Two weeks before the wedding the bride-to-be would remain isolated with her sisters, her friends and women servants, who would express their deep sorrow over her leaving the family. They would give her books to guide her in her new life with her husband in his parents' house.

The groom, dressed in magnificent clothes, would wait with his relatives in the room containing the ancestors' tablets. He and his relatives would bow down before the tablets, burn incense and inform the ancestors that the groom was about to get married. The master of the ceremony would ask the groom's father to sit in the place of honor designated for him. The groom would bow down before his father, and receive from him a glass of wine. Before drinking the wine he would pour a few drops in front of the ancestors' tablets and then bow down four times before his father. The father would ask him to bring his wife to their home. The son would then send people to bring the bride or go himself to bring her.

A similar ceremony would take place in the bride's house. Like the groom, the bride would receive a glass of wine from her father. Kneeling before her father, she would pour a few drops of wine in front of the ancestors' tablets. Then, she would taste the wine and her father would tell her to obey her husband's parents. Her mother would put a wreath of flowers on the daughter's head and a veil that would cover her face. She would tell the daughter to be good to her husband and send her to the groom's house.

The people from the groom's side would carry the bride in a sedan chair decorated with red and golden silk. The groom's friends would walk, sing and play music in front of the bride, carrying flags and lamps. Upon reaching the groom's house, the bride would be received with fire crackers in order to chase away any bad spirits. One of the groom's friends would give the groom the key to the sedan chair. The groom would carry the bride in his arms over a fire that was set on the doorstep for purification. The bride would be led to the living room of the family; there she would remain all day in her wedding dress, not allowed to leave the room until the night.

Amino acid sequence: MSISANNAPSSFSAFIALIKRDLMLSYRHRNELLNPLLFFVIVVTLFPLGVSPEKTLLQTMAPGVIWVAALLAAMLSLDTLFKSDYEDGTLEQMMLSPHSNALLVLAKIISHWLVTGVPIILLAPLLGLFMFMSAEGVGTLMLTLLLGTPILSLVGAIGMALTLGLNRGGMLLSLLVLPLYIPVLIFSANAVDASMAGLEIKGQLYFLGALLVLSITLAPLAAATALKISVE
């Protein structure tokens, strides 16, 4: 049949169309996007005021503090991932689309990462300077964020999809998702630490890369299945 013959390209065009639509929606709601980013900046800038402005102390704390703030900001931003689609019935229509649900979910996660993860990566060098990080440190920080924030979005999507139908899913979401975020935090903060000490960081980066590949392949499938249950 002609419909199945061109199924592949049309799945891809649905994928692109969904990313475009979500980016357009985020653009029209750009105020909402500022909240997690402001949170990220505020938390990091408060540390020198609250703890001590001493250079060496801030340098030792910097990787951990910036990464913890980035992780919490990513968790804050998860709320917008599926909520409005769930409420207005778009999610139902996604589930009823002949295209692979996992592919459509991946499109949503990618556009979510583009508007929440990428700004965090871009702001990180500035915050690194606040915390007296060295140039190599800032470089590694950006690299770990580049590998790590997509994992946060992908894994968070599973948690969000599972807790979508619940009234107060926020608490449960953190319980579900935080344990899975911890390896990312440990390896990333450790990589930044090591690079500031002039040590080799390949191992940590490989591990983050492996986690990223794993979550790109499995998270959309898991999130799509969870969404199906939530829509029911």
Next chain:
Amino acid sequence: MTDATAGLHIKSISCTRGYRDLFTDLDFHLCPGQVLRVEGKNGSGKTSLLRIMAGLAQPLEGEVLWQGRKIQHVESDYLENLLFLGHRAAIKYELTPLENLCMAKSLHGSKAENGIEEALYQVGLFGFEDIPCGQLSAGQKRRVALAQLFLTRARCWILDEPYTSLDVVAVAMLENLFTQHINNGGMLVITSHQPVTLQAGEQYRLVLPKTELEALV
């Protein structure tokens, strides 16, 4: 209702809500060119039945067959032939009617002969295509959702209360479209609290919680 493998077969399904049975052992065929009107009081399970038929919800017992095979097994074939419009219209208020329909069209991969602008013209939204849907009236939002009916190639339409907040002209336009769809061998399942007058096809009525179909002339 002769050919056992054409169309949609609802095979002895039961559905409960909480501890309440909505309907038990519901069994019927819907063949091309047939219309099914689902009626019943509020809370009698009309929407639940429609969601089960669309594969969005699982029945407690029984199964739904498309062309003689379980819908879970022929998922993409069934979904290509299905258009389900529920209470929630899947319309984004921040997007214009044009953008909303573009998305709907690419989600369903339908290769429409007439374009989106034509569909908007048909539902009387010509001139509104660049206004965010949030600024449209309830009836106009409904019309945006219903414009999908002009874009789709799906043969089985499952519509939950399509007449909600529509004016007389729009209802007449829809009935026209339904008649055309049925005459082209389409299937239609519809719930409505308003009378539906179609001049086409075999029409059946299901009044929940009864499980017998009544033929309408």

The sixth ceremony was held in front the ancestors' tablets. Incense was burnt, candles were lit and offerings of food, tea and wine were placed on the altar. Here the groom would remove the veil from the bride's face and see her for the first time. The bride would kneel in front of him, meaning symbolically that from then on he would rule her. The bride and groom would kneel together in front of the gods of heaven and earth. Together they would worship heaven and earth, the house gods and the spirits of the ancestors. They would drink wine from small porcelain cups bound together by a red lace. This signified the end of the ceremony. A document written on high-quality red paper attested to the groom having married the bride. The fathers of both the bride and the groom were also mentioned in the document, which was signed by the groom, the bride and witnesses.

After the wedding the newlyweds would be led to the bedroom, where they would pray to the Duke of Bed and the Lady of Bed – two spirits that protect the couple in bed, to bless them with many sons. 

After the prayer a tea ceremony would be held. The bride would serve tea with sweetmeats and bow down in front of her husband's family members in the following order: the grandfather from the father's side, the grandmother from the father's side, the grandfather from the mother's side, the grandmother from the mother's side, uncles, aunts, in-laws from the father's side and, at the end, the other relatives in no special order.

At this point a meal would be served to the family and guests. The shy blushing bride would not participate in the banquet but remain in her bedroom. The happy parents of the groom would receive the blessings.  The guests would praise the beauty of the bride and would joke with the groom.

The bride and groom both wore special clothing for their wedding. The bride's gown was red since red is considered in China a lucky color and a symbol of fertility. The gown would be adorned with golden phoenix patterns to symbolize the bride, and chrysanthemum and peony patterns to symbolize wealth and good luck. The bride's head would be crowned with a phoenix crown and head covering decorated with feathers and pearls. A red veil covered her face on her way to her new husband's house. The groom was less elegant. He would wear a deep blue robe embroidered with a dragon pattern, and over it a black silk cloak. His hat was black with red fringes. White flowers were avoided at a wedding ceremony because white is the color of mourning in China.

On the third day after the wedding, the bride and the groom would visit the bride's parents and bring them presents, including a whole roasted pig. Some of the cakes, with the head and two hind legs of the pig, would be returned to the couple to take back to their home.